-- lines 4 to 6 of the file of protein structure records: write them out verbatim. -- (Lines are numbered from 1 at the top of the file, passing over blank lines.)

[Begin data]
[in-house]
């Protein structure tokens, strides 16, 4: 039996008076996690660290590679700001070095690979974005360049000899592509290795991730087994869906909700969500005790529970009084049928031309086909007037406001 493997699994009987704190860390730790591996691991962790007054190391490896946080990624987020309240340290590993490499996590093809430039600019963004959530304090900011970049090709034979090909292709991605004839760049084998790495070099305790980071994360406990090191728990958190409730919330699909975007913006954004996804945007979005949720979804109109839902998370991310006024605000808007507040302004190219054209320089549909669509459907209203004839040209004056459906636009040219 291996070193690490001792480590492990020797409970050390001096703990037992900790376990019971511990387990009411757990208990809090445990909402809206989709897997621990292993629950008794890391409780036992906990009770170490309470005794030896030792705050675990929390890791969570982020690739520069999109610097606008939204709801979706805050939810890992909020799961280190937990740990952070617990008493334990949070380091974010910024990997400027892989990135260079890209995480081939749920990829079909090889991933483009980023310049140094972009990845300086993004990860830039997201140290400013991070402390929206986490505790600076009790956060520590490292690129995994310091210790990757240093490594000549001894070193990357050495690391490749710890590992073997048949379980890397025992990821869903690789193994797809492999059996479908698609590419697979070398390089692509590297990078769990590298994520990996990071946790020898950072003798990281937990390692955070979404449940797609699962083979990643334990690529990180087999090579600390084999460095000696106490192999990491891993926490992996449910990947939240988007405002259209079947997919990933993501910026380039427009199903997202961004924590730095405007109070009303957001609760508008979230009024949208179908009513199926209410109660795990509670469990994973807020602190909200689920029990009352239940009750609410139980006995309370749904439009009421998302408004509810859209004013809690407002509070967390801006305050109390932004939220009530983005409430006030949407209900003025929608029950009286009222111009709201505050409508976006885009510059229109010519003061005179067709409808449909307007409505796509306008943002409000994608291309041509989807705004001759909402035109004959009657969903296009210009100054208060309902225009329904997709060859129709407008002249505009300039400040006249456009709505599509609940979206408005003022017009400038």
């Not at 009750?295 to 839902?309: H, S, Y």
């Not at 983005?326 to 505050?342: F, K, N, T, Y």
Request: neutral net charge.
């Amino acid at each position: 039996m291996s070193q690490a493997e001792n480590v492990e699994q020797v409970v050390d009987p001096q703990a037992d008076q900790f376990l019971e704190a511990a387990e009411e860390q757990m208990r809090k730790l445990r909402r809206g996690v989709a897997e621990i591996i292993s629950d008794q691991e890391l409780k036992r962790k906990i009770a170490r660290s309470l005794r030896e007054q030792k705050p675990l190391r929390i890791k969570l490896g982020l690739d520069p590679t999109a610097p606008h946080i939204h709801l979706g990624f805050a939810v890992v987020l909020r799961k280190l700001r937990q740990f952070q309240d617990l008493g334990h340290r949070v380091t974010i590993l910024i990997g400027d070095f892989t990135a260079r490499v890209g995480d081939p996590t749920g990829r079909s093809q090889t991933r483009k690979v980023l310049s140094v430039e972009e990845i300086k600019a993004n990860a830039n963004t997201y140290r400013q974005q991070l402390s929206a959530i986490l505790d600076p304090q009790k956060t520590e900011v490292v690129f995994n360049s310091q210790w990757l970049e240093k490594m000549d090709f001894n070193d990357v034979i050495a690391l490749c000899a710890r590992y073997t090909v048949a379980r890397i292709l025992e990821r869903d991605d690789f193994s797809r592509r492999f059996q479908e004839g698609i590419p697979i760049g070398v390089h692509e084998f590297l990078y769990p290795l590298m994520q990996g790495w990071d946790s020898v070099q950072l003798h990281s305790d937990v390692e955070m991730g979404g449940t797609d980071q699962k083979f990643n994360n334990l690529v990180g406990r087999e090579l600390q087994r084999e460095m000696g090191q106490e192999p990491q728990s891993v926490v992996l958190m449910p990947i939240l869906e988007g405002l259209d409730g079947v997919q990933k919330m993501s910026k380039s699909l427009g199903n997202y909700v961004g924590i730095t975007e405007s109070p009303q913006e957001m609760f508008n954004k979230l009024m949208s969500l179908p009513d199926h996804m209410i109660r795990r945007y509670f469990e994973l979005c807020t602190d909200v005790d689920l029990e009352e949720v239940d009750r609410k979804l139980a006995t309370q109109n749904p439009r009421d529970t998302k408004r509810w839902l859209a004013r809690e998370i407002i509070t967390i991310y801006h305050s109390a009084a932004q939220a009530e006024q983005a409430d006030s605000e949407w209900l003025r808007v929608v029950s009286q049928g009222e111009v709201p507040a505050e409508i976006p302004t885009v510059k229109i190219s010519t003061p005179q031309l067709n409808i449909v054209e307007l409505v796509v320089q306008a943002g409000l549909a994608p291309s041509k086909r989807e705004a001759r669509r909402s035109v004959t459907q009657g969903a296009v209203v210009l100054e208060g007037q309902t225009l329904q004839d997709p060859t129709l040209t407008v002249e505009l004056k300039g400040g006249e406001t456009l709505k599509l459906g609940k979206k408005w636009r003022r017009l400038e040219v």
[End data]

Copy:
């Not at 983005?326 to 505050?342: F, K, N, T, Y």
Request: neutral net charge.
């Amino acid at each position: 039996m291996s070193q690490a493997e001792n480590v492990e699994q020797v409970v050390d009987p001096q703990a037992d008076q900790f376990l019971e704190a511990a387990e009411e860390q757990m208990r809090k730790l445990r909402r809206g996690v989709a897997e621990i591996i292993s629950d008794q691991e890391l409780k036992r962790k906990i009770a170490r660290s309470l005794r030896e007054q030792k705050p675990l190391r929390i890791k969570l490896g982020l690739d520069p590679t999109a610097p606008h946080i939204h709801l979706g990624f805050a939810v890992v987020l909020r799961k280190l700001r937990q740990f952070q309240d617990l008493g334990h340290r949070v380091t974010i590993l910024i990997g400027d070095f892989t990135a260079r490499v890209g995480d081939p996590t749920g990829r079909s093809q090889t991933r483009k690979v980023l310049s140094v430039e972009e990845i300086k600019a993004n990860a830039n963004t997201y140290r400013q974005q991070l402390s929206a959530i986490l505790d600076p304090q009790k956060t520590e900011v490292v690129f995994n360049s310091q210790w990757l970049e240093k490594m000549d090709f001894n070193d990357v034979i050495a690391l490749c000899a710890r590992y073997t090909v048949a379980r890397i292709l025992e990821r869903d991605d690789f193994s797809r592509r492999f059996q479908e004839g698609i590419p697979i760049g070398v390089h692509e084998f590297l990078y769990p290795l590298m994520q990996g790495w990071d946790s020898v070099q950072l003798h990281s305790d937990v390692e955070m991730g979404g449940t797609d980071q699962k083979f990643n994360n334990l690529v990180g406990r087999e090579l600390q087994r084999e460095m000696g090191q106490e192999p990491q728990s891993v926490v992996l958190m449910p990947i939240l869906e988007g405002l259209d409730g079947v997919q990933k919330m993501s910026k380039s699909l427009g199903n997202y909700v961004g924590i730095t975007e405007s109070p009303q913006e957001m609760f508008n954004k979230l009024m949208s969500l179908p009513d199926h996804m209410i109660r795990r945007y509670f469990e994973l979005c807020t602190d909200v005790d689920l029990e009352e949720v239940d009750r609410k979804l139980a006995t309370q109109n749904p439009r009421d529970t998302k408004r509810w839902l859209a004013r809690e998370i407002i509070t967390i991310y801006h305050s109390a009084a932004q939220a009530e006024q983005a409430d006030s605000e949407w209900l003025r808007v929608v029950s009286q049928g009222e111009v709201p507040a505050e409508i976006p302004t885009v510059k229109i190219s010519t003061p005179q031309l067709n409808i449909v054209e307007l409505v796509v320089q306008a943002g409000l549909a994608p291309s041509k086909r989807e705004a001759r669509r909402s035109v004959t459907q009657g969903a296009v209203v210009l100054e208060g007037q309902t225009l329904q004839d997709p060859t129709l040209t407008v002249e505009l004056k300039g400040g006249e406001t456009l709505k599509l459906g609940k979206k408005w636009r003022r017009l400038e040219v």